Once the first reading is finished and I have a feeling for the shape of the book and topic, now is the time to dive deep. I read a chapter and pick out one or two references and access those if I can. Doing this far ahead allows me time to get the articles I want.
The second reading serves more than one purpose, though. I need to fill in the holes, so I build a schema, a background database of interesting facts and conjectures. That means taking lots of notes. Now that I know what a Task is, I can be on the lookout to build a set of sample Tasks that I can use for the third reading (teacher reading).
I start mapping out where information is that will appeal to different types of participants. It will allow flexibility to more research-oriented, or teacher-oriented particpants.
This second reading allows me to create a grounding, look for patterns, find out who and what is more important. I focus on typical practices in both research and teaching.
I develop a taste for the flavor of authors (Ellis, Robinson, Li, etc), how each one writes, thinks, and what they believe. I can also put a perimeter on the topic by noting down what is not there. What about SLA? CALL? Steven Krashen and Beniko Mason? David Nunan?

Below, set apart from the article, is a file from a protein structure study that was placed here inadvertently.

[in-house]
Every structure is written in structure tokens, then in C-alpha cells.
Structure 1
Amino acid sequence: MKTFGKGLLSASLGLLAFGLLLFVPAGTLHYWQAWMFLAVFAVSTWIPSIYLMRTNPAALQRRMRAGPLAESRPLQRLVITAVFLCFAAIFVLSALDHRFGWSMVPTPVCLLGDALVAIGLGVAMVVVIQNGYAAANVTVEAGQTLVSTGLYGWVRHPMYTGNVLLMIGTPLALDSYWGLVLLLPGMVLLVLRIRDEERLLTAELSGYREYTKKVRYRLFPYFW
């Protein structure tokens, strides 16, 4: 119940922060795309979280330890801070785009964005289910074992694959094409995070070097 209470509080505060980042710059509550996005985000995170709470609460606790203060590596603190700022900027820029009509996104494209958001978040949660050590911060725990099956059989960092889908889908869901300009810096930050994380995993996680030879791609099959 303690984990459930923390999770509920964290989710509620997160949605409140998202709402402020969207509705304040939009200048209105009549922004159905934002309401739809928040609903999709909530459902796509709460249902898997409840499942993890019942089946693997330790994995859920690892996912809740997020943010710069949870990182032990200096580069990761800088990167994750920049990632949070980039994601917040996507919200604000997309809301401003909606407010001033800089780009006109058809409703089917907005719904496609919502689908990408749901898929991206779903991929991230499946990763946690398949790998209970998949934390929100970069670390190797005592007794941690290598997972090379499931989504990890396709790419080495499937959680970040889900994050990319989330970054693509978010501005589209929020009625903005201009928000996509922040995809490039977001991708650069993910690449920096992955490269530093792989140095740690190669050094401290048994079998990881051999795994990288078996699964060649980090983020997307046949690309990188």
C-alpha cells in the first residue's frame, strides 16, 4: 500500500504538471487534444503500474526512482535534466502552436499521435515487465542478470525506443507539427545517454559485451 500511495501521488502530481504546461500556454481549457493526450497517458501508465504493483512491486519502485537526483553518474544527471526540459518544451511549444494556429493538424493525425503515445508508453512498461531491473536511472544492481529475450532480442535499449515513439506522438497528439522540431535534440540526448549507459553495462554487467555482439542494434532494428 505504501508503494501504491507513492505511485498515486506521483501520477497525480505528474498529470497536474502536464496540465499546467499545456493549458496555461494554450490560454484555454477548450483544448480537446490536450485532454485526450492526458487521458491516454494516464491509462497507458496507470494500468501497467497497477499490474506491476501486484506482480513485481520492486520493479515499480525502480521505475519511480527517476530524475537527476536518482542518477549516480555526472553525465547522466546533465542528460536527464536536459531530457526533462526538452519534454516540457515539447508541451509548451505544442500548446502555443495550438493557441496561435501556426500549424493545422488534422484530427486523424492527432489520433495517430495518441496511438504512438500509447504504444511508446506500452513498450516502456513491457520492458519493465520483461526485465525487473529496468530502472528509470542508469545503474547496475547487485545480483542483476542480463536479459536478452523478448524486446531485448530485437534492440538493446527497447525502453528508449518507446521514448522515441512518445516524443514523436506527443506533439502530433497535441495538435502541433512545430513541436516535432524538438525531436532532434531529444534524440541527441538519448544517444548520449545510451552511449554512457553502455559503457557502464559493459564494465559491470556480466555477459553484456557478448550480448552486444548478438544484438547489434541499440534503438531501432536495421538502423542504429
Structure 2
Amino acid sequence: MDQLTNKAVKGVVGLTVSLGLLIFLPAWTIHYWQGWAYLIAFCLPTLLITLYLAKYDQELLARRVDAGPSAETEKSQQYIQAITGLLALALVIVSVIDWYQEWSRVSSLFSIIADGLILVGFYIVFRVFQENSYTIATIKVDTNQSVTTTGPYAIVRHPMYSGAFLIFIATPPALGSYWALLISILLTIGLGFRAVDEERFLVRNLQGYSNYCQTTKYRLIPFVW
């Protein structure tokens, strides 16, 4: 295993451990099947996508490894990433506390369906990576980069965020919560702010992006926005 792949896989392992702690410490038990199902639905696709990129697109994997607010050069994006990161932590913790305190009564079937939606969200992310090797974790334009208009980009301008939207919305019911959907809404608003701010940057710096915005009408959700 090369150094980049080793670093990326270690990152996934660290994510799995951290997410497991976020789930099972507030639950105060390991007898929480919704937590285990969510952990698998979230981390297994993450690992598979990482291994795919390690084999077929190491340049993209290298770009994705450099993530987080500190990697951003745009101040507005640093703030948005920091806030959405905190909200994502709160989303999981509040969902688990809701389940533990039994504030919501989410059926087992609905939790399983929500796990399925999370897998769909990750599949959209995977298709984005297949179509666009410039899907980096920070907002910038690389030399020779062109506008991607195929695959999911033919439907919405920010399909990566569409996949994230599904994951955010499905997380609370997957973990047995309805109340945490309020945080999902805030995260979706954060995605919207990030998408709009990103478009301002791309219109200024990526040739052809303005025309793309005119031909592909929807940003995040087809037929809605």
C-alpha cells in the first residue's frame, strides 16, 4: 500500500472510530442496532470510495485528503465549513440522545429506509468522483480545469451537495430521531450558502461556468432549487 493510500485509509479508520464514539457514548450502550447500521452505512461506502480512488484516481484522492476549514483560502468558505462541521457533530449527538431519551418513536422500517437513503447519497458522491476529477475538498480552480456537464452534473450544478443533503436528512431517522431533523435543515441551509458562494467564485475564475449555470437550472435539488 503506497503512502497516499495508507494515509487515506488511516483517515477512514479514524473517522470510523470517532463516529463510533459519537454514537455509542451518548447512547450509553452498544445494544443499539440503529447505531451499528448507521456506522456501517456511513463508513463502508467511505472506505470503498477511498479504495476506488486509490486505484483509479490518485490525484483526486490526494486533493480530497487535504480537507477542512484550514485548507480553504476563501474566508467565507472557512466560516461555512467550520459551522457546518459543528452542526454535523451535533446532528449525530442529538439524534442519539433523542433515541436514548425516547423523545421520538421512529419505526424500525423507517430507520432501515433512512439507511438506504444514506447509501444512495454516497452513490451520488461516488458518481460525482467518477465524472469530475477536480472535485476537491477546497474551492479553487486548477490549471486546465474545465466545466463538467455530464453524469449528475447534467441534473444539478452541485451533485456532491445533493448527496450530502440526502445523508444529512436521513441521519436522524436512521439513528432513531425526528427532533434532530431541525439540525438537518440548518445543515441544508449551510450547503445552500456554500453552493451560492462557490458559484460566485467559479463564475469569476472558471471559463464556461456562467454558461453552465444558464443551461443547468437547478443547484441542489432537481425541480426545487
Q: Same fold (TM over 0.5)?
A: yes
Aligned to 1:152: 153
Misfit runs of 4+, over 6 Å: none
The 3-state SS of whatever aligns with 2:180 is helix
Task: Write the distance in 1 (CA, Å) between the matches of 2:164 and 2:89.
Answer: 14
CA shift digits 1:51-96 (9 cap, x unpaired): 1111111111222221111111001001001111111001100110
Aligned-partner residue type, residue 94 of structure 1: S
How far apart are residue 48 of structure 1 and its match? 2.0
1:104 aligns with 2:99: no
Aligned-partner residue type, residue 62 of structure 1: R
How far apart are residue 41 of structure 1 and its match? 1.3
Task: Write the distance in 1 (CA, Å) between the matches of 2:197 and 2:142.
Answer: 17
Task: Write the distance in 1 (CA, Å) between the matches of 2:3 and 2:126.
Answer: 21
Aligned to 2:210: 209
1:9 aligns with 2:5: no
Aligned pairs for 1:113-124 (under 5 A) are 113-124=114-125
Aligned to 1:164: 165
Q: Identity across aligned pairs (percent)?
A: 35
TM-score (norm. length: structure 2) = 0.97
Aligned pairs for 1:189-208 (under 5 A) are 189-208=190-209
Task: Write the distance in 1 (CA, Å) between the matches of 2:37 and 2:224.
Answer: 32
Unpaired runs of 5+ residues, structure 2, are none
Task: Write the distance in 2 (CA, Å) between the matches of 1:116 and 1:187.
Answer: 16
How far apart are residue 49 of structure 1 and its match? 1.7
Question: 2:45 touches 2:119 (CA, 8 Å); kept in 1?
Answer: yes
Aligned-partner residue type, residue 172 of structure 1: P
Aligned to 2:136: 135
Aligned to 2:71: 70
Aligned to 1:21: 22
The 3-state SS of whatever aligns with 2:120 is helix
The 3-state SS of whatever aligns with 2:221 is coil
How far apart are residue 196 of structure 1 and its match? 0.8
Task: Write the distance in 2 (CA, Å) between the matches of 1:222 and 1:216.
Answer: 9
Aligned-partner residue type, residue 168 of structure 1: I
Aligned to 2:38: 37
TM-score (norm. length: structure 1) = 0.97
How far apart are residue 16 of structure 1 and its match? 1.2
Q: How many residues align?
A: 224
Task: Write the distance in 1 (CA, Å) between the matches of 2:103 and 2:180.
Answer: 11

Reading (Wed 0:32 Ch. 1, Fri 0:56 Ch 2, Sat. 1:13 Ch 3, Thu 1:22 Robinson 2011, Sun 0:55 Long 2014) and Blogging (0:36)
Background: I’m preparing an 8-week course about TBLT for iTDi as part of their Great Minds series (not mine, the ones in the book). I am blogging about the process of preparation mostly for the fun of it. I was inspired by Cory Doctorow, an SF writer that does this with all his books. But it also helps me focus. This is even more exciting than teaching a grad school course. I’m looking forward to it and hope this might spark an interest.